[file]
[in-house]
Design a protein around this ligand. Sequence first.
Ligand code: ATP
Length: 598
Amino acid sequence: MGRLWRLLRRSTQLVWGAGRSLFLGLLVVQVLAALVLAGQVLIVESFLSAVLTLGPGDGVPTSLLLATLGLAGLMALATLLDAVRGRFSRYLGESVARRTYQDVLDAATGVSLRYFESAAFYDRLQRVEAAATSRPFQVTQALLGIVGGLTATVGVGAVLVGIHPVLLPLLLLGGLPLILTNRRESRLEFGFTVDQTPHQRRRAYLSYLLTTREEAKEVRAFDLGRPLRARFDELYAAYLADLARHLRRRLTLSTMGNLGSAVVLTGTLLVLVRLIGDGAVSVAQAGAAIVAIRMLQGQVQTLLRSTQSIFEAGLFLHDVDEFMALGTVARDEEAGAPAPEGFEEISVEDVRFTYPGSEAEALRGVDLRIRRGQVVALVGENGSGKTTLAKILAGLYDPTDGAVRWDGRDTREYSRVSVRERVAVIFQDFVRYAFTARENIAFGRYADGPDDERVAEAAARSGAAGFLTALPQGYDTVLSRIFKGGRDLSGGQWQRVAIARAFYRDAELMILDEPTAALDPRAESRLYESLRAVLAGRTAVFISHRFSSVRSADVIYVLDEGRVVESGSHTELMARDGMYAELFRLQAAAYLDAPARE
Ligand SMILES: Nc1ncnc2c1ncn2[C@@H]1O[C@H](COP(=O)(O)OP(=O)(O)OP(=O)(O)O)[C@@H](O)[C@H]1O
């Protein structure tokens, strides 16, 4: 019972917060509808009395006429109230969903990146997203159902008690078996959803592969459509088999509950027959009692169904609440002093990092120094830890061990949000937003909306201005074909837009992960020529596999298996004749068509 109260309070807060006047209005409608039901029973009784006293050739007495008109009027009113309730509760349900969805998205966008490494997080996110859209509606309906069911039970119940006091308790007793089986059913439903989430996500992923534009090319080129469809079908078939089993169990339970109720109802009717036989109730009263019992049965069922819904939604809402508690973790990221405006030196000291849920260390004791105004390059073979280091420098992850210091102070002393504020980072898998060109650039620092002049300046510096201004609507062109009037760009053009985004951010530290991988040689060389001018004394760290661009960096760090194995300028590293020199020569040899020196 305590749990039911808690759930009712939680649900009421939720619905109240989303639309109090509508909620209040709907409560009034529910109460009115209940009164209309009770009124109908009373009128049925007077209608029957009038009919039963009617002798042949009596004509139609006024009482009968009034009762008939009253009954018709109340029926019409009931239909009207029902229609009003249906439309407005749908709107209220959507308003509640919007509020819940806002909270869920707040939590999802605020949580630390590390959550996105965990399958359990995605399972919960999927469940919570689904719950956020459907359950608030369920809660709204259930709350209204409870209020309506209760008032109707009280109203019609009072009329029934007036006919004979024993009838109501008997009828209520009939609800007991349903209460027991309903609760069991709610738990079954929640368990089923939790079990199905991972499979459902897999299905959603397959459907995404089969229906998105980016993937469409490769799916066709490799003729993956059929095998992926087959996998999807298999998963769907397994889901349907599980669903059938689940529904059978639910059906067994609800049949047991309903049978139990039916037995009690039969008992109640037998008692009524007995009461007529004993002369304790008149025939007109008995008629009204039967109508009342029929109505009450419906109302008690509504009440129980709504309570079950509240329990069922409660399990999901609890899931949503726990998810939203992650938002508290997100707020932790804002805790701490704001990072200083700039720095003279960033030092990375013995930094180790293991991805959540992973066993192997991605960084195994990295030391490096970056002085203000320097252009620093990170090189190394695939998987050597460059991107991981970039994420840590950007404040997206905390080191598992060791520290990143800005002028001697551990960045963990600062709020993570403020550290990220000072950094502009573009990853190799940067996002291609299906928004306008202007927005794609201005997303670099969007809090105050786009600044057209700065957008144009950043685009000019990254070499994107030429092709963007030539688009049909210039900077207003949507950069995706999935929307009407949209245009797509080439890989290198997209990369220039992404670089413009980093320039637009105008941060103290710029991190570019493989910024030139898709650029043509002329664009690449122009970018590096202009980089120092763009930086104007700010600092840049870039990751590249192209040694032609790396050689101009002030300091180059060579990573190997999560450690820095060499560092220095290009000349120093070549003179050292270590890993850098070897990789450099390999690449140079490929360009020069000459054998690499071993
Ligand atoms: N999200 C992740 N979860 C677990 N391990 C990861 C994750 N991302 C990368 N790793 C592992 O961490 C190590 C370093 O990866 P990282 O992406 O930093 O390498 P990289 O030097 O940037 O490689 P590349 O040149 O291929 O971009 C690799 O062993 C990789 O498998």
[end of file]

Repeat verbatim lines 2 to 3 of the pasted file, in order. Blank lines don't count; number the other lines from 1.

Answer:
Design a protein around this ligand. Sequence first.
Ligand code: ATP